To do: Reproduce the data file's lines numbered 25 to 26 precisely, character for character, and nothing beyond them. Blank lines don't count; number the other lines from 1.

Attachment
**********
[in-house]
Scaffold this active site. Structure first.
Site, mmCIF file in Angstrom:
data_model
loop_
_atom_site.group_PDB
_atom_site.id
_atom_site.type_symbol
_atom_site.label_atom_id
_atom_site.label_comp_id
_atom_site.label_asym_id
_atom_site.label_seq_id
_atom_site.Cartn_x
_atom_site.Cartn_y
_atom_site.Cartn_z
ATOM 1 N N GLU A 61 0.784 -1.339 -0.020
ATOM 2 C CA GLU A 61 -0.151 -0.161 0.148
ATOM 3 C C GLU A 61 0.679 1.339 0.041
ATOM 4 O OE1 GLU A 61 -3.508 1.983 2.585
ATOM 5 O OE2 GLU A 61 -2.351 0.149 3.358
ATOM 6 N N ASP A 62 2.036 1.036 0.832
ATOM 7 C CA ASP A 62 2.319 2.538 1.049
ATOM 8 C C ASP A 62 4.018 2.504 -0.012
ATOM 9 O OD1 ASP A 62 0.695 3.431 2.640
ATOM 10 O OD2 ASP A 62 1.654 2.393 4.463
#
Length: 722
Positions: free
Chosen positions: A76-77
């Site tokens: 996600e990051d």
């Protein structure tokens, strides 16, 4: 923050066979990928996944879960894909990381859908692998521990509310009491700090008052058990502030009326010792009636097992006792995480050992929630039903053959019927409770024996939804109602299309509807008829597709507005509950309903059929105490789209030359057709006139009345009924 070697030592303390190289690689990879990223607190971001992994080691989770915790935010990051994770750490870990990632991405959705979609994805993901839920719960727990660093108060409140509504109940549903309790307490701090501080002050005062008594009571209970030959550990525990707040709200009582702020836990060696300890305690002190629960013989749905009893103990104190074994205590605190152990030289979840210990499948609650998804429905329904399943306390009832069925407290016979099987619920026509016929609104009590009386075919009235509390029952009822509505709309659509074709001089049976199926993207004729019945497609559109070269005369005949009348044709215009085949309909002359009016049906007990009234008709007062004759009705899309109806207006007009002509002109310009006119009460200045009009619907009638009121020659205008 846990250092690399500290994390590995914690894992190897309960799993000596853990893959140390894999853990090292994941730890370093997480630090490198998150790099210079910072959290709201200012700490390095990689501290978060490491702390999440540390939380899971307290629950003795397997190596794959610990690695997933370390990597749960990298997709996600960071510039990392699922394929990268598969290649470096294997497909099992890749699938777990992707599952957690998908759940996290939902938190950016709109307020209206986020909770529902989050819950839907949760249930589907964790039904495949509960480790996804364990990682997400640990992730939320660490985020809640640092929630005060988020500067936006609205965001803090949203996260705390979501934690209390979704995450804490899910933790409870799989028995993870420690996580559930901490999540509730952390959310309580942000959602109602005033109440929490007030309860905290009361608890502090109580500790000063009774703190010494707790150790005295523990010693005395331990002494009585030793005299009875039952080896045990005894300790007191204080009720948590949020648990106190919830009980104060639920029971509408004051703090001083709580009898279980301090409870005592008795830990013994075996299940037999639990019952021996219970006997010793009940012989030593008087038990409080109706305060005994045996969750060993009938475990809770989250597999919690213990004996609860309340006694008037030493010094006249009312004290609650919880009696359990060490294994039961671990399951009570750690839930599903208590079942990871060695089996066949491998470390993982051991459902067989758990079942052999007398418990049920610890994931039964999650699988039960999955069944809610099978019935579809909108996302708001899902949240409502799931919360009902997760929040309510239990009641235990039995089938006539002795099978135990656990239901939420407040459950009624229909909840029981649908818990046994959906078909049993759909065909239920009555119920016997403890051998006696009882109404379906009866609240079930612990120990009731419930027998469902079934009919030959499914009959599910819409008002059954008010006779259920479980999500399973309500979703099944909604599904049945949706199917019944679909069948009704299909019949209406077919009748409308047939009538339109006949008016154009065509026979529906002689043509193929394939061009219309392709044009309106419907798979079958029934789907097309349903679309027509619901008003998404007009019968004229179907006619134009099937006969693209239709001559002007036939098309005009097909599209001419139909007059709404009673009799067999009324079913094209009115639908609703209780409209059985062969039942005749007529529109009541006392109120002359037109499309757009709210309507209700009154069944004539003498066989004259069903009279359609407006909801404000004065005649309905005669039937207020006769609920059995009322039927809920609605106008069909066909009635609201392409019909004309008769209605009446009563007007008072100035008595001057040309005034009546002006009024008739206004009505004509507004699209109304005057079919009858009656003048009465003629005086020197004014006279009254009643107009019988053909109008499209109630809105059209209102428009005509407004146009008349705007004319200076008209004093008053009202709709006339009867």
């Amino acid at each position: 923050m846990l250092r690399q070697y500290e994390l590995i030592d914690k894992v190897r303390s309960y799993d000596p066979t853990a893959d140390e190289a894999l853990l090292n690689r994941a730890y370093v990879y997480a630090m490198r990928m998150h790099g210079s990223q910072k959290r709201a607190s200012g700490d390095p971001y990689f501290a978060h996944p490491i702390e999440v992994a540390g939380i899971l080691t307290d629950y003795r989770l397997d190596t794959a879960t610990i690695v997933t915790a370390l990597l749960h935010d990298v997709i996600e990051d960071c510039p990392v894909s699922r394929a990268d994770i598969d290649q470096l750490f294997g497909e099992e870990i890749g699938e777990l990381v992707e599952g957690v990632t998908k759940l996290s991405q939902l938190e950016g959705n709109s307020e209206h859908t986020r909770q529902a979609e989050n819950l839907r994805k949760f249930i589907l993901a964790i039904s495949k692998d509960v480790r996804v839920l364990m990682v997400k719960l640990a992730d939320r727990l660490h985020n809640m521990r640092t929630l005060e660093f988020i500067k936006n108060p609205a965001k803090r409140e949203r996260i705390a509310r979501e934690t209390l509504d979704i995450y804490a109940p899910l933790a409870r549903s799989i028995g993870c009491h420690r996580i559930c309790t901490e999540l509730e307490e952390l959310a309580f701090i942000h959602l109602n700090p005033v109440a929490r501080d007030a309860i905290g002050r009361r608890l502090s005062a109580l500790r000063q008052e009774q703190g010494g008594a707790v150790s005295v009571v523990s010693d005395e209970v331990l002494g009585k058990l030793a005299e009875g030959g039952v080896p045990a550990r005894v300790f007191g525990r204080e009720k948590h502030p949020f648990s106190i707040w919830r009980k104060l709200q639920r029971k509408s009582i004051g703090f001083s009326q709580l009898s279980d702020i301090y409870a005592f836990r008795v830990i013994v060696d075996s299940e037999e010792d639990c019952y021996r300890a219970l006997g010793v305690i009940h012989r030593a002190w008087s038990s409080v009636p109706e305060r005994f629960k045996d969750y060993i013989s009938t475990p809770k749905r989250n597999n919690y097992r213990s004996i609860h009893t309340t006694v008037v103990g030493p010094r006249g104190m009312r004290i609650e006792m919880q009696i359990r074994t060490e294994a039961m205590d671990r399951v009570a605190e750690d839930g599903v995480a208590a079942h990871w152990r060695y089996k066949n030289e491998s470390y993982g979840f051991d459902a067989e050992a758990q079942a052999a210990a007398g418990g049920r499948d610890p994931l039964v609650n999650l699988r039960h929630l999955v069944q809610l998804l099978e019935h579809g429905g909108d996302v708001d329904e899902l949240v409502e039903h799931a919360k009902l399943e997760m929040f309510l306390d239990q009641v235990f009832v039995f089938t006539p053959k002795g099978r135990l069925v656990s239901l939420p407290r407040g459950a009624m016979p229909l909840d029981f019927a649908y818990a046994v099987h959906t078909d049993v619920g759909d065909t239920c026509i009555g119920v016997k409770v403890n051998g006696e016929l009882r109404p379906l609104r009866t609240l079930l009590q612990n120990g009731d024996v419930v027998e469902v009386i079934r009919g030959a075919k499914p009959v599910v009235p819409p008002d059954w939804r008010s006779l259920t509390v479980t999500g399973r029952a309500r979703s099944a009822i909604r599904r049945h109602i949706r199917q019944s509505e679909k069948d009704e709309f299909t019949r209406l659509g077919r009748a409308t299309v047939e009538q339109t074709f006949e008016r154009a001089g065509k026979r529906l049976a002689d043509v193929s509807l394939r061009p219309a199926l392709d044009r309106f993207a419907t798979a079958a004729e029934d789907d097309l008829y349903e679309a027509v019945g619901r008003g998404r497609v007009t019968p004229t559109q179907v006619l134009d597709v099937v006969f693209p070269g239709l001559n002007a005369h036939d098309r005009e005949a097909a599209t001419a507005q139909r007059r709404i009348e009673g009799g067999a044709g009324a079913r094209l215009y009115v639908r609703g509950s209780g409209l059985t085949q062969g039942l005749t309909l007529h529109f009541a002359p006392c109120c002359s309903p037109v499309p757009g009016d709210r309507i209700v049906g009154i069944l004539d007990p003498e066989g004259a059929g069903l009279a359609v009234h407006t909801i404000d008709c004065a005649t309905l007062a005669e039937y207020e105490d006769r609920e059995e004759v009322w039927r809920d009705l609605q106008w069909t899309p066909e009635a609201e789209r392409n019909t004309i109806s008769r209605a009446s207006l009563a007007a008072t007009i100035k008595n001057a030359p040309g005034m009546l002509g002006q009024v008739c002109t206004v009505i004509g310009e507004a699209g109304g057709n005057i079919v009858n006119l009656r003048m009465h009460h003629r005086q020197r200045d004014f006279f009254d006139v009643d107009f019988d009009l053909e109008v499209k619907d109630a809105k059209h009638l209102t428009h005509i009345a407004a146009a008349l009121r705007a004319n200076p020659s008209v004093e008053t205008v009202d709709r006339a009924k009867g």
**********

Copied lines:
ATOM 10 O OD2 ASP A 62 1.654 2.393 4.463
#